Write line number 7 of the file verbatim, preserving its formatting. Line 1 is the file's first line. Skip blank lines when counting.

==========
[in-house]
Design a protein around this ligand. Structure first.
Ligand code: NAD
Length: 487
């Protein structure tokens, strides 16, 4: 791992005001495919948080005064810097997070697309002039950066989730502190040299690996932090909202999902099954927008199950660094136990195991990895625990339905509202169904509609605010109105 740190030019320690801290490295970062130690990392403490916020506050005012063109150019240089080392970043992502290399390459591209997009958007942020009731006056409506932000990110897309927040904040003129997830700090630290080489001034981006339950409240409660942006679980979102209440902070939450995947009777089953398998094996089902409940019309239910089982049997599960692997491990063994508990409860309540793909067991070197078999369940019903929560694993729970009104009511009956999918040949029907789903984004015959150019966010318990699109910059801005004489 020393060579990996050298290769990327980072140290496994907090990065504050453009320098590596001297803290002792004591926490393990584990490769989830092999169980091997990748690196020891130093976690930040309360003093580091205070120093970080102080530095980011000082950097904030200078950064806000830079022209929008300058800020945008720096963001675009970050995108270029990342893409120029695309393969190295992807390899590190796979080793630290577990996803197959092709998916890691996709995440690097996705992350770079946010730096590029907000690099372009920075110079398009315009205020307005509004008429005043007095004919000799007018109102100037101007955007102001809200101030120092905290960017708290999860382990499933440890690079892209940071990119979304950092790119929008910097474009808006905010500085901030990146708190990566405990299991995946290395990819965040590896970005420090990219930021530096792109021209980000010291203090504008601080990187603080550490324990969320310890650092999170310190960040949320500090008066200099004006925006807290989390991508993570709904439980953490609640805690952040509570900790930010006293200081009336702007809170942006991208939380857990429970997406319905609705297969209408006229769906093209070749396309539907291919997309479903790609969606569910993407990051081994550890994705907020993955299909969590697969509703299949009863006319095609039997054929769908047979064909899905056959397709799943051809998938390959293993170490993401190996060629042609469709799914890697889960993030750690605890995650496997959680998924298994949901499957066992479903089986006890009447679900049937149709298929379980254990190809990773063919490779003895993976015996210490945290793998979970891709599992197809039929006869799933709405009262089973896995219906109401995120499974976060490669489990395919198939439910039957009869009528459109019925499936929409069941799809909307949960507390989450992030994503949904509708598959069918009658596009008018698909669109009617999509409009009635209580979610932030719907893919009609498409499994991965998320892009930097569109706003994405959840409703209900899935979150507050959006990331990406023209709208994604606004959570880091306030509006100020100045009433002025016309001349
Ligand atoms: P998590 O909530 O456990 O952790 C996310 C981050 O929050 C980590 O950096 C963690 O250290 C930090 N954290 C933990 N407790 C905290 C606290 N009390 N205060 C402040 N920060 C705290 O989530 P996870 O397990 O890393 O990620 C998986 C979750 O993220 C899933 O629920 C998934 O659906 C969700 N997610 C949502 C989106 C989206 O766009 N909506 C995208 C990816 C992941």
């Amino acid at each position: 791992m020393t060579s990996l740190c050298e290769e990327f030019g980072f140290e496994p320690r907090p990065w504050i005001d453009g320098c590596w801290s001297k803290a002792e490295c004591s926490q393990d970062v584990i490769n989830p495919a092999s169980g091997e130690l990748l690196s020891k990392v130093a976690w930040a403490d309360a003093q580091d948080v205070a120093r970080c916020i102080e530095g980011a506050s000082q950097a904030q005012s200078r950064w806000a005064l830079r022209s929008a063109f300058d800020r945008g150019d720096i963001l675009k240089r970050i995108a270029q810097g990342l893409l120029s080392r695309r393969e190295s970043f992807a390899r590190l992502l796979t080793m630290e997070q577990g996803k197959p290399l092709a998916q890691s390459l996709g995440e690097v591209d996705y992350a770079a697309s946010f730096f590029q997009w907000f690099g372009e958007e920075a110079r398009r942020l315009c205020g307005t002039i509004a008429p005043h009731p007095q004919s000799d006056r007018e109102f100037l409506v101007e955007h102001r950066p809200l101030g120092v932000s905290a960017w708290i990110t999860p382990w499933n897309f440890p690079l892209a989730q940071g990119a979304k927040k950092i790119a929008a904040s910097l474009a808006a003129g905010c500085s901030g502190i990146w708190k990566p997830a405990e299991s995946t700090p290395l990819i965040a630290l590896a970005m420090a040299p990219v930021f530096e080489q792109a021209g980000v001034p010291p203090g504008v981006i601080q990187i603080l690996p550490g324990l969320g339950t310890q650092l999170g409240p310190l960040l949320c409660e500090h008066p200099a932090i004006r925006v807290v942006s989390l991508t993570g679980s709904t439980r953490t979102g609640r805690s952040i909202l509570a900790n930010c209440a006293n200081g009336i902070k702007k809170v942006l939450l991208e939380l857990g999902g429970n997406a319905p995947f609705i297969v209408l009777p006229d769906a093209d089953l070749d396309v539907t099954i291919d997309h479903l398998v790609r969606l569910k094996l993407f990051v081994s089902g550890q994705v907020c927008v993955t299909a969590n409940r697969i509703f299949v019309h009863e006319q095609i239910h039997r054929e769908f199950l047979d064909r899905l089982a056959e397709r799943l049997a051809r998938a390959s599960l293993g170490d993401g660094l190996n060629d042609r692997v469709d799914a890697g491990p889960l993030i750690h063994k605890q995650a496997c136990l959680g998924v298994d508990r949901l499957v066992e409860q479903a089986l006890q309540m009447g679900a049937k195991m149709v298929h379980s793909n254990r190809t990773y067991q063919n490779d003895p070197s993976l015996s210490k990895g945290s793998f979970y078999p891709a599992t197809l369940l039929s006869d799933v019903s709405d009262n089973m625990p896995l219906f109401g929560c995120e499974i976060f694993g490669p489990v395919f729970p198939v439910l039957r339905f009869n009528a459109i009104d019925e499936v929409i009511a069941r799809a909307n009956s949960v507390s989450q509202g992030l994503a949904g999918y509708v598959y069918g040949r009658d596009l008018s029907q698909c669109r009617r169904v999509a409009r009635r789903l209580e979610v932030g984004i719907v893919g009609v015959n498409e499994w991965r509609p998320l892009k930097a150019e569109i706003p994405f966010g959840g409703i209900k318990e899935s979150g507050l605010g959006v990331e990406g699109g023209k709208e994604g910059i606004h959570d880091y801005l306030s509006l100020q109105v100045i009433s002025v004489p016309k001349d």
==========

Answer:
């Amino acid at each position: 791992m020393t060579s990996l740190c050298e290769e990327f030019g980072f140290e496994p320690r907090p990065w504050i005001d453009g320098c590596w801290s001297k803290a002792e490295c004591s926490q393990d970062v584990i490769n989830p495919a092999s169980g091997e130690l990748l690196s020891k990392v130093a976690w930040a403490d309360a003093q580091d948080v205070a120093r970080c916020i102080e530095g980011a506050s000082q950097a904030q005012s200078r950064w806000a005064l830079r022209s929008a063109f300058d800020r945008g150019d720096i963001l675009k240089r970050i995108a270029q810097g990342l893409l120029s080392r695309r393969e190295s970043f992807a390899r590190l992502l796979t080793m630290e997070q577990g996803k197959p290399l092709a998916q890691s390459l996709g995440e690097v591209d996705y992350a770079a697309s946010f730096f590029q997009w907000f690099g372009e958007e920075a110079r398009r942020l315009c205020g307005t002039i509004a008429p005043h009731p007095q004919s000799d006056r007018e109102f100037l409506v101007e955007h102001r950066p809200l101030g120092v932000s905290a960017w708290i990110t999860p382990w499933n897309f440890p690079l892209a989730q940071g990119a979304k927040k950092i790119a929008a904040s910097l474009a808006a003129g905010c500085s901030g502190i990146w708190k990566p997830a405990e299991s995946t700090p290395l990819i965040a630290l590896a970005m420090a040299p990219v930021f530096e080489q792109a021209g980000v001034p010291p203090g504008v981006i601080q990187i603080l690996p550490g324990l969320g339950t310890q650092l999170g409240p310190l960040l949320c409660e500090h008066p200099a932090i004006r925006v807290v942006s989390l991508t993570g679980s709904t439980r953490t979102g609640r805690s952040i909202l509570a900790n930010c209440a006293n200081g009336i902070k702007k809170v942006l939450l991208e939380l857990g999902g429970n997406a319905p995947f609705i297969v209408l009777p006229d769906a093209d089953l070749d396309v539907t099954i291919d997309h479903l398998v790609r969606l569910k094996l993407f990051v081994s089902g550890q994705v907020c927008v993955t299909a969590n409940r697969i509703f299949v019309h009863e006319q095609i239910h039997r054929e769908f199950l047979d064909r899905l089982a056959e397709r799943l049997a051809r998938a390959s599960l293993g170490d993401g660094l190996n060629d042609r692997v469709d799914a890697g491990p889960l993030i750690h063994k605890q995650a496997c136990l959680g998924v298994d508990r949901l499957v066992e409860q479903a089986l006890q309540m009447g679900a049937k195991m149709v298929h379980s793909n254990r190809t990773y067991q063919n490779d003895p070197s993976l015996s210490k990895g945290s793998f979970y078999p891709a599992t197809l369940l039929s006869d799933v019903s709405d009262n089973m625990p896995l219906f109401g929560c995120e499974i976060f694993g490669p489990v395919f729970p198939v439910l039957r339905f009869n009528a459109i009104d019925e499936v929409i009511a069941r799809a909307n009956s949960v507390s989450q509202g992030l994503a949904g999918y509708v598959y069918g040949r009658d596009l008018s029907q698909c669109r009617r169904v999509a409009r009635r789903l209580e979610v932030g984004i719907v893919g009609v015959n498409e499994w991965r509609p998320l892009k930097a150019e569109i706003p994405f966010g959840g409703i209900k318990e899935s979150g507050l605010g959006v990331e990406g699109g023209k709208e994604g910059i606004h959570d880091y801005l306030s509006l100020q109105v100045i009433s002025v004489p016309k001349d």